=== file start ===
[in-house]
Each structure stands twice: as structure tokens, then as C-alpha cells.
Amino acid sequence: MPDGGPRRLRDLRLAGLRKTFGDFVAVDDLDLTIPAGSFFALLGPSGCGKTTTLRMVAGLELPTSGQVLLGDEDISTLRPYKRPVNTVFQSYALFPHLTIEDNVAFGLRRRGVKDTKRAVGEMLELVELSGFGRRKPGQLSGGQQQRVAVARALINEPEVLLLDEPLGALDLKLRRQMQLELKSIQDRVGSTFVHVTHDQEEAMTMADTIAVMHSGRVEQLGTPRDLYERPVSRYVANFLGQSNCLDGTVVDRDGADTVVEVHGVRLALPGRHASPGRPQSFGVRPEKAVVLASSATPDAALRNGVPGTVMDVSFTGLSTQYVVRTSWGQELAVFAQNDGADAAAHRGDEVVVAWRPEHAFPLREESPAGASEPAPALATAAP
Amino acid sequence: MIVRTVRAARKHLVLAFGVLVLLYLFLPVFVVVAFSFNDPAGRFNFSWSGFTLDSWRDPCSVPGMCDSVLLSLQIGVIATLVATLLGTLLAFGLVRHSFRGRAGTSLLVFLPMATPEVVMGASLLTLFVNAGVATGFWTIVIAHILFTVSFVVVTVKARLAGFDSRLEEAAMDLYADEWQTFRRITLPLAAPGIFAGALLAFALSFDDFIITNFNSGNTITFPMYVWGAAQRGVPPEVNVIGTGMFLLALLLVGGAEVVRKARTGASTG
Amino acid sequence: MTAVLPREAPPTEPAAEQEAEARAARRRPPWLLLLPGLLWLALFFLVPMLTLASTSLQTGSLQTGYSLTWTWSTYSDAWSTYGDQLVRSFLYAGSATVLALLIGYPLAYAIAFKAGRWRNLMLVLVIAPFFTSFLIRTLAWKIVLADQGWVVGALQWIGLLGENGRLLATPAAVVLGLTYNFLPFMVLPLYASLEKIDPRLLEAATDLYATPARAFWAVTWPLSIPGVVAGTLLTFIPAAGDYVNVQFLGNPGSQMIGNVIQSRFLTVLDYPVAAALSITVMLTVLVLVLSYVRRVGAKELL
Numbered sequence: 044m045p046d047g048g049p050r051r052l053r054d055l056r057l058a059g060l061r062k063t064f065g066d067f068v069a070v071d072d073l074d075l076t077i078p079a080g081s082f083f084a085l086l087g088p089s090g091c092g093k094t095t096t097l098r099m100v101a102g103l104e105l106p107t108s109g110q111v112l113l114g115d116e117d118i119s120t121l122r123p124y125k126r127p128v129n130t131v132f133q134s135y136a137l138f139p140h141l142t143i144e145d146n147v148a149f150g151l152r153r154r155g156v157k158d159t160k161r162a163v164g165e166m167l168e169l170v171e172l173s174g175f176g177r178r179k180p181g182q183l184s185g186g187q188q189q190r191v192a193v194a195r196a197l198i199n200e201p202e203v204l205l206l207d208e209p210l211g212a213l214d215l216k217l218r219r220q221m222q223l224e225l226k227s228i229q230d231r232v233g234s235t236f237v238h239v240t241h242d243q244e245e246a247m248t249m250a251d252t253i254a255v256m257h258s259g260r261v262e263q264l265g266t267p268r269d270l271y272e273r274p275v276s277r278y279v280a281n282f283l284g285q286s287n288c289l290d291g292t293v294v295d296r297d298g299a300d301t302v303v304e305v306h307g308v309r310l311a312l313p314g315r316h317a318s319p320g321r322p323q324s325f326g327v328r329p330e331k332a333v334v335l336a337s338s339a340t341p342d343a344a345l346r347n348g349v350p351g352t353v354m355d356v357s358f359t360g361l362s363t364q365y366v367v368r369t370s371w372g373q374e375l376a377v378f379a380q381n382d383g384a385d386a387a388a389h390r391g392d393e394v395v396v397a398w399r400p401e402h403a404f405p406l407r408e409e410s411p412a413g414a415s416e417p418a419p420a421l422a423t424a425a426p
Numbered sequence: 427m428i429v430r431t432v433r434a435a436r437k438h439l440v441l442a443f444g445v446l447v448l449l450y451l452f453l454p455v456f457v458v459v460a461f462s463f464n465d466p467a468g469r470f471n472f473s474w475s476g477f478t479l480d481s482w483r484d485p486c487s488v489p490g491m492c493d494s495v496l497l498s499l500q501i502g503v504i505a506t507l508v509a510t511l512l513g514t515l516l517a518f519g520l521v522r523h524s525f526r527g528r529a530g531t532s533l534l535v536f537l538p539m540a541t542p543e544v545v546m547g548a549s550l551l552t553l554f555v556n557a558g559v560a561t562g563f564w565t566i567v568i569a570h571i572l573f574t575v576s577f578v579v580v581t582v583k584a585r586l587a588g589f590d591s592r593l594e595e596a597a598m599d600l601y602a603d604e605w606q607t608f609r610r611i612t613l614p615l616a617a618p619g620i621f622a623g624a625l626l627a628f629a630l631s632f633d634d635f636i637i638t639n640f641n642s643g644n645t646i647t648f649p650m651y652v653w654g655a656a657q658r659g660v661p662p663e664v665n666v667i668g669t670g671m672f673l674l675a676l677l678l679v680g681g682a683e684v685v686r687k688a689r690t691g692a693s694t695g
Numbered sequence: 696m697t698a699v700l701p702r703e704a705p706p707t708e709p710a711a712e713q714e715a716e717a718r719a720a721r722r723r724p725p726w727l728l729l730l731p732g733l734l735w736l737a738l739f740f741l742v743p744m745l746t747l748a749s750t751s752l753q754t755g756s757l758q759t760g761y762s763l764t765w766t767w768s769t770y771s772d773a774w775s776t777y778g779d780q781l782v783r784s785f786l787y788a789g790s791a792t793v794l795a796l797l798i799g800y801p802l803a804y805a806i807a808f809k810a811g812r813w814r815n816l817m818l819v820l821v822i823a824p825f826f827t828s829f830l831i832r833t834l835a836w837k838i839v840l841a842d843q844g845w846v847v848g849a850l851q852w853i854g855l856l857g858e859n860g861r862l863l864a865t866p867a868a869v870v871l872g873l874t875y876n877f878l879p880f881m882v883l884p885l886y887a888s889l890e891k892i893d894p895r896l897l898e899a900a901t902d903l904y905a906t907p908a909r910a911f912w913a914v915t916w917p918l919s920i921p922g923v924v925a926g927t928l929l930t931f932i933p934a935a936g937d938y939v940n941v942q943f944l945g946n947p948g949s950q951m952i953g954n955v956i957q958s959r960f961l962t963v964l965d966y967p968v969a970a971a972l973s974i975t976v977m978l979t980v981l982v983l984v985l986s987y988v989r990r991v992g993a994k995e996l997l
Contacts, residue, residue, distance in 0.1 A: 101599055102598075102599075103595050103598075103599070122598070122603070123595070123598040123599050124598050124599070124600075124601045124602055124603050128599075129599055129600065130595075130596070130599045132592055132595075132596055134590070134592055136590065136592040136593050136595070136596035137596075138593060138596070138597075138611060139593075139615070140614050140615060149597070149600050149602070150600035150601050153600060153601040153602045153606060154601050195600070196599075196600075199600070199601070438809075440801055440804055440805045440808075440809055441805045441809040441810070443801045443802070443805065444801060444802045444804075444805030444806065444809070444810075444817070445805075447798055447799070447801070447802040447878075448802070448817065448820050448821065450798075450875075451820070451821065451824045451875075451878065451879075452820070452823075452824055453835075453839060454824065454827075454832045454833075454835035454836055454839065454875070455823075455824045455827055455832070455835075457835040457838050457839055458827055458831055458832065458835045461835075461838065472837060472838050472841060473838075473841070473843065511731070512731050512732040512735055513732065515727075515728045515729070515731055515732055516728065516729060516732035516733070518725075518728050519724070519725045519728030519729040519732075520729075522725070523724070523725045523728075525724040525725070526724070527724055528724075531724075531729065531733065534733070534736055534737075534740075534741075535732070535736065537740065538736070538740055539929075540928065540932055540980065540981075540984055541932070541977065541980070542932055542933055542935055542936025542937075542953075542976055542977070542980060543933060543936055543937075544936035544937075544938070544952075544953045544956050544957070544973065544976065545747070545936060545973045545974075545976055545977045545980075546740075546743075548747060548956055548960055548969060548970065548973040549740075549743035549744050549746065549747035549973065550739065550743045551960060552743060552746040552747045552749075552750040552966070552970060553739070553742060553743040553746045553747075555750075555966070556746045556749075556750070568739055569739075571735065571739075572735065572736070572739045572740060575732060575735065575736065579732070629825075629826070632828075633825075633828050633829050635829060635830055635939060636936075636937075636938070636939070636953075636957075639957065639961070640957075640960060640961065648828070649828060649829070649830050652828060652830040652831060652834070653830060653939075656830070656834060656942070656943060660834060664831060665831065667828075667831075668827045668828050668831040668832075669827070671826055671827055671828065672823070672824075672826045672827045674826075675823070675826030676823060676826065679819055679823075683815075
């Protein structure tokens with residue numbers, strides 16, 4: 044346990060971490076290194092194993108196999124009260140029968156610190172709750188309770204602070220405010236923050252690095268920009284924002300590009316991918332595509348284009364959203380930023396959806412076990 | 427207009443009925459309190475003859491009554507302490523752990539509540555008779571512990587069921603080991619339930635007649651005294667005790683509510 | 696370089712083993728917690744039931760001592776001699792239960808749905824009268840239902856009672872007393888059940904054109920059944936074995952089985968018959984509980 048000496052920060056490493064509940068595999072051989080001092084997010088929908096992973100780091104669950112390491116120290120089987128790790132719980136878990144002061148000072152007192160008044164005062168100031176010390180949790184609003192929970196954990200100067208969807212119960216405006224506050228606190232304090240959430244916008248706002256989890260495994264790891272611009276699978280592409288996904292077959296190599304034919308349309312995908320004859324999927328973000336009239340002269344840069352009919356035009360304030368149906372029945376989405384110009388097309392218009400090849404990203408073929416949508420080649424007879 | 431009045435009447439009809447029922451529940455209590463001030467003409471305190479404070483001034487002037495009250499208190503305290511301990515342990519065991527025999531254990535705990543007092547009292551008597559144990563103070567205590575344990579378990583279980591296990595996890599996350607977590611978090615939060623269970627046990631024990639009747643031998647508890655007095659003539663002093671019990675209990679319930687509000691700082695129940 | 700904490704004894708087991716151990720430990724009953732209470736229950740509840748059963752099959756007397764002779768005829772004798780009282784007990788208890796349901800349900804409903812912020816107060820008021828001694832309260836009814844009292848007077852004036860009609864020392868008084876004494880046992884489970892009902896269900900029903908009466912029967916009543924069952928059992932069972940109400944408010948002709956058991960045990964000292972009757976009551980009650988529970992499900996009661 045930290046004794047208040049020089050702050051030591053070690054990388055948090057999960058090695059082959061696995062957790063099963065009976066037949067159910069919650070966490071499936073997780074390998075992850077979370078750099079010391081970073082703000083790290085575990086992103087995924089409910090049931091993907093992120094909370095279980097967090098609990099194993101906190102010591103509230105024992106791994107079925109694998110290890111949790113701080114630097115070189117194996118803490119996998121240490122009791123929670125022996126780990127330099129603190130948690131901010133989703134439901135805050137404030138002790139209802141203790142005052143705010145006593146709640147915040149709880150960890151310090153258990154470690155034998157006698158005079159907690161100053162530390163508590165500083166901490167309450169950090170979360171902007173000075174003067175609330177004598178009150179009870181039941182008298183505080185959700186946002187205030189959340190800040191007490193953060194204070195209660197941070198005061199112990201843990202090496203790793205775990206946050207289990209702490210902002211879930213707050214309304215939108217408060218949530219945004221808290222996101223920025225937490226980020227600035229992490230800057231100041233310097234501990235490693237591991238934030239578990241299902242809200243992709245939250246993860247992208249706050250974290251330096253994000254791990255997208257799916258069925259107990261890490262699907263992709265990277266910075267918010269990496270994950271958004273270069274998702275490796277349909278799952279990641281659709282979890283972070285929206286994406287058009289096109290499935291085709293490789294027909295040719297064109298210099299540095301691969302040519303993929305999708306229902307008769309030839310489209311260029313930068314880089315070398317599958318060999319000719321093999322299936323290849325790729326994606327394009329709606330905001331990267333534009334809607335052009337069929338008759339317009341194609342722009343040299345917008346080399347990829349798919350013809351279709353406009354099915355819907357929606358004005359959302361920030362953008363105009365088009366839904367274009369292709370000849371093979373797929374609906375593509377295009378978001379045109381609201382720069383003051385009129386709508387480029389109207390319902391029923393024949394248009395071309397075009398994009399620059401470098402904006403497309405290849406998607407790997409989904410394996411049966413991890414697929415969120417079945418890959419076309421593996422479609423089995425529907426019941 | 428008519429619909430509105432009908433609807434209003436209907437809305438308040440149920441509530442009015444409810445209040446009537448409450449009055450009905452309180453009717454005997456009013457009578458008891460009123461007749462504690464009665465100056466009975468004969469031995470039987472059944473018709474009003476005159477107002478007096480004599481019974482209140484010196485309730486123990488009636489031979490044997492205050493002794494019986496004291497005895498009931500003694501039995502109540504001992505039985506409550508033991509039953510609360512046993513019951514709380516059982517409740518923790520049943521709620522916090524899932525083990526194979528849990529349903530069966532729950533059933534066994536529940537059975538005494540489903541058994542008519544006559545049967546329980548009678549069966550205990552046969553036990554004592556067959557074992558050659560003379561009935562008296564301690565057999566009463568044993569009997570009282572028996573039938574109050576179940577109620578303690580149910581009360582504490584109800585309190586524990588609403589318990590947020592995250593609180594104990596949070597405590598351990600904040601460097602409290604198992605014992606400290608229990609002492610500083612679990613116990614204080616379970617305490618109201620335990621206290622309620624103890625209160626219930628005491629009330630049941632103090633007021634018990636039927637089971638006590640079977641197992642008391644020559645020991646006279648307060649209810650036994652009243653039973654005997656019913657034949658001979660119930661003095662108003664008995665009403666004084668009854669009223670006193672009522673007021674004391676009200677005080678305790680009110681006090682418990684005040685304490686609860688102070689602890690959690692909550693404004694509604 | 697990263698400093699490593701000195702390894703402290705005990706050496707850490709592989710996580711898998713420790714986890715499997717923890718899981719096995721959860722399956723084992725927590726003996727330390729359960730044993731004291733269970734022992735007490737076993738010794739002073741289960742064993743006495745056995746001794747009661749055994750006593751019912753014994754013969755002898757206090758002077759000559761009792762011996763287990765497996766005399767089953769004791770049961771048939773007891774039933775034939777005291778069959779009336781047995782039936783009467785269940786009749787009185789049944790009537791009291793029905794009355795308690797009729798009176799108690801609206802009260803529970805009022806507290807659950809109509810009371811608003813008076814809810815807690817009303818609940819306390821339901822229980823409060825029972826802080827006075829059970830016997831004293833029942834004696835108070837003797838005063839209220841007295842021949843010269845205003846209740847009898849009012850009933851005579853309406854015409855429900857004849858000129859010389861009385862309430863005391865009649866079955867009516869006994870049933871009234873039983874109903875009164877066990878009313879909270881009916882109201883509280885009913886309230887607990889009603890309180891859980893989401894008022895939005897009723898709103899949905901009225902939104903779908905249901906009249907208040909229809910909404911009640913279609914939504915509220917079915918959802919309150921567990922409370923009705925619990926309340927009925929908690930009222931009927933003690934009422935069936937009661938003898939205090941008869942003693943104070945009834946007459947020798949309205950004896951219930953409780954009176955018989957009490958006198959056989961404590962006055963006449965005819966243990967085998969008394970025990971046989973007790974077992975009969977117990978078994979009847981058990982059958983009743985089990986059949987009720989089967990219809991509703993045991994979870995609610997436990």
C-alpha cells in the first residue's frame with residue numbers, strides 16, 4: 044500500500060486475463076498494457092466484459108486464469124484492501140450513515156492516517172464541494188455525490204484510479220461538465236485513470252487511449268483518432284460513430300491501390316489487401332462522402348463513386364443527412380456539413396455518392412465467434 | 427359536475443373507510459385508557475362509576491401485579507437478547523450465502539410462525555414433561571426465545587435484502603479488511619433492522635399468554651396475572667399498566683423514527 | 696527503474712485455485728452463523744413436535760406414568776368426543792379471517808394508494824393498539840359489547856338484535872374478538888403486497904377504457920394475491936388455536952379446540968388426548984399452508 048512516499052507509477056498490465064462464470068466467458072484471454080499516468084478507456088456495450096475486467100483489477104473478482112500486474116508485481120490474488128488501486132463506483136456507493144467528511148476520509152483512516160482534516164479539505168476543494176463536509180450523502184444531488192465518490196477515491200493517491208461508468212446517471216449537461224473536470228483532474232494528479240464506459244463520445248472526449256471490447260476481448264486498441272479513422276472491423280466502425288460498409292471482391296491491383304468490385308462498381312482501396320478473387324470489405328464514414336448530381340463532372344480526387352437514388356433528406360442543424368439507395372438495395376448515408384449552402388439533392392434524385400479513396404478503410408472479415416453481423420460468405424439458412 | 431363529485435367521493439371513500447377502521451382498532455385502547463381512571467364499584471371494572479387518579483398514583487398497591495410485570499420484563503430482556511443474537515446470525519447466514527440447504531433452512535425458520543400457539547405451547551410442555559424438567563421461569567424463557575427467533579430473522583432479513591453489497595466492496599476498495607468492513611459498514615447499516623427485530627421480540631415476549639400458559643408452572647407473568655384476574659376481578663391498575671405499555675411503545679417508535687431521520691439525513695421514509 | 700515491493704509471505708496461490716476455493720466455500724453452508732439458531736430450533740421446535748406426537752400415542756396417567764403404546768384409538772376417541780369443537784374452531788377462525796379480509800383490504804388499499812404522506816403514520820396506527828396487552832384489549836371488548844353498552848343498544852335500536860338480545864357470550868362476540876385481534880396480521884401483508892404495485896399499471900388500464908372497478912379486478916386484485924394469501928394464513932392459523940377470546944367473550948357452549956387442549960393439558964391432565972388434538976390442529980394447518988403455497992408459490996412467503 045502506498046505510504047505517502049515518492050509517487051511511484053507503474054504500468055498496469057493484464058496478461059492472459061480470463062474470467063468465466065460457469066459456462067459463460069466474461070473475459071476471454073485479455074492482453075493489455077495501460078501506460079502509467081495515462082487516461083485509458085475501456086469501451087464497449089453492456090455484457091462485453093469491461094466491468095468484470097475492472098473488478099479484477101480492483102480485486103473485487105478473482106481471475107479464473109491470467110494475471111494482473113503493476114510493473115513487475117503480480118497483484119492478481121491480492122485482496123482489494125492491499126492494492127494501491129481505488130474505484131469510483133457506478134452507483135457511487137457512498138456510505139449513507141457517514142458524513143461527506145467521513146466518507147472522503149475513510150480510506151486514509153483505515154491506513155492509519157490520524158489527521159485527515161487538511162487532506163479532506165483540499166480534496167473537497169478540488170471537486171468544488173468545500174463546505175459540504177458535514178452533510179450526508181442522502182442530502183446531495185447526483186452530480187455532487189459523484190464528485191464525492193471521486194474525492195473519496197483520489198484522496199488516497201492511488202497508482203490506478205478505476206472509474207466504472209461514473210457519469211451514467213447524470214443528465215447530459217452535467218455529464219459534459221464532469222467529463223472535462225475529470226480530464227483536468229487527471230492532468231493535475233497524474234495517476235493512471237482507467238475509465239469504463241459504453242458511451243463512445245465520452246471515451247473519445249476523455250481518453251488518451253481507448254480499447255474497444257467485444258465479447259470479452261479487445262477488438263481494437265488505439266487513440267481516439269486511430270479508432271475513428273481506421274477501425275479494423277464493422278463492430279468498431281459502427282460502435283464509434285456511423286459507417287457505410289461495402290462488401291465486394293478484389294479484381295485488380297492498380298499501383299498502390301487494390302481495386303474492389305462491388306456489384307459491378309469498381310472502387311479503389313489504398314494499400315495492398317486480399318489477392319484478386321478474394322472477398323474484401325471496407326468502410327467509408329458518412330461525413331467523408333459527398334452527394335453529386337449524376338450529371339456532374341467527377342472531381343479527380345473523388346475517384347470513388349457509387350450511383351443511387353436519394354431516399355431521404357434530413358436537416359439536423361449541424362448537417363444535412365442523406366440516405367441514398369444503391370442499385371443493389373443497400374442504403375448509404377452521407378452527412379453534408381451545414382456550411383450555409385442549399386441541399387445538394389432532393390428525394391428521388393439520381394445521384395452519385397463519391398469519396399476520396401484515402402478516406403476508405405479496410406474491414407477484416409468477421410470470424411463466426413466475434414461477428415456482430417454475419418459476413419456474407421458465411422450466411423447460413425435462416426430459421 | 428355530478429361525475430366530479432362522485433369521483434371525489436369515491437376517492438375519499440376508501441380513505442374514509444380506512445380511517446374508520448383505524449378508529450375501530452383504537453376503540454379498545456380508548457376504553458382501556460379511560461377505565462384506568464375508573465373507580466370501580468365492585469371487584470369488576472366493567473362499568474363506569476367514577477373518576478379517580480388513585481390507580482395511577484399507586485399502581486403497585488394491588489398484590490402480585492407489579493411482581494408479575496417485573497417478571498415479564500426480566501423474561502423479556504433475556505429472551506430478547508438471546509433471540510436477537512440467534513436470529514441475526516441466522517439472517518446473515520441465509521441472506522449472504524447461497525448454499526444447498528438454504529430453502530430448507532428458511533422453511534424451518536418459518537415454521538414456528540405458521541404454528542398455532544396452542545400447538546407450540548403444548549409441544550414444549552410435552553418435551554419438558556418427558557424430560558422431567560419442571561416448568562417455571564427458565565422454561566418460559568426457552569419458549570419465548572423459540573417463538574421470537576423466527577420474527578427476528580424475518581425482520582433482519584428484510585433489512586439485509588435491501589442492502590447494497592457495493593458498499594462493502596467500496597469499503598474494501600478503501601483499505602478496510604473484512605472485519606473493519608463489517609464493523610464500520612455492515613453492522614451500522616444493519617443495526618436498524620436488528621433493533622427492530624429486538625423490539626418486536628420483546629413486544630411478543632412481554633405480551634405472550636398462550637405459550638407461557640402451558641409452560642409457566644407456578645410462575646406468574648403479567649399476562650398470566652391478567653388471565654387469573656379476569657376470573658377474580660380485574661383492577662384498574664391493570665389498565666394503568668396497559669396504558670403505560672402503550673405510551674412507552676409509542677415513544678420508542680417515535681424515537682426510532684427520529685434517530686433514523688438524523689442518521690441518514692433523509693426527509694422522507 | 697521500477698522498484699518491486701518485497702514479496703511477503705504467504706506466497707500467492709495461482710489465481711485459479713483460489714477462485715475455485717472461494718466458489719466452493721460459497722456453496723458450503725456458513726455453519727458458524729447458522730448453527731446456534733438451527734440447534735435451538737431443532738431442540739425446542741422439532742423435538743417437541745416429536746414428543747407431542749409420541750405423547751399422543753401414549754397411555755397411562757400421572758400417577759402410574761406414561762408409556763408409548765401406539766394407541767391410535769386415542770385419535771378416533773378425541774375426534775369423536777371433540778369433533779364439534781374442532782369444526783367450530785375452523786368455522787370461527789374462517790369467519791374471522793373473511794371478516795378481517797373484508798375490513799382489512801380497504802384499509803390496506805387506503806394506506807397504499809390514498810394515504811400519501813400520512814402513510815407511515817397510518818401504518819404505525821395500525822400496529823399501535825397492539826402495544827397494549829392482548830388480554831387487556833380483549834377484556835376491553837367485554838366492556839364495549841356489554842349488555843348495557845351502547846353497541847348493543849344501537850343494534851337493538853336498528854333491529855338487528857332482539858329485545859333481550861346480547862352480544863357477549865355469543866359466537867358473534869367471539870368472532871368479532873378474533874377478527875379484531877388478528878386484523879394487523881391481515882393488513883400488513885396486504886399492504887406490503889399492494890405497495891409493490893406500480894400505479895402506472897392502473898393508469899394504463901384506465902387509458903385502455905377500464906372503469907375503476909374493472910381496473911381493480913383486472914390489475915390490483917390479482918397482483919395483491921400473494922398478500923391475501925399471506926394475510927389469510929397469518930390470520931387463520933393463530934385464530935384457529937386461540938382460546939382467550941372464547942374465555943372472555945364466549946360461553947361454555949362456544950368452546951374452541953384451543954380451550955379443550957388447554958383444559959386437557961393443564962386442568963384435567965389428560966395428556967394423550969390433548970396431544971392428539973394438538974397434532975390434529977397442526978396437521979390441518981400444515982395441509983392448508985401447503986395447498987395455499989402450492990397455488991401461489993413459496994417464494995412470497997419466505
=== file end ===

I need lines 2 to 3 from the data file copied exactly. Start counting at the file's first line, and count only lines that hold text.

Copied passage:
Each structure stands twice: as structure tokens, then as C-alpha cells.
Amino acid sequence: MPDGGPRRLRDLRLAGLRKTFGDFVAVDDLDLTIPAGSFFALLGPSGCGKTTTLRMVAGLELPTSGQVLLGDEDISTLRPYKRPVNTVFQSYALFPHLTIEDNVAFGLRRRGVKDTKRAVGEMLELVELSGFGRRKPGQLSGGQQQRVAVARALINEPEVLLLDEPLGALDLKLRRQMQLELKSIQDRVGSTFVHVTHDQEEAMTMADTIAVMHSGRVEQLGTPRDLYERPVSRYVANFLGQSNCLDGTVVDRDGADTVVEVHGVRLALPGRHASPGRPQSFGVRPEKAVVLASSATPDAALRNGVPGTVMDVSFTGLSTQYVVRTSWGQELAVFAQNDGADAAAHRGDEVVVAWRPEHAFPLREESPAGASEPAPALATAAP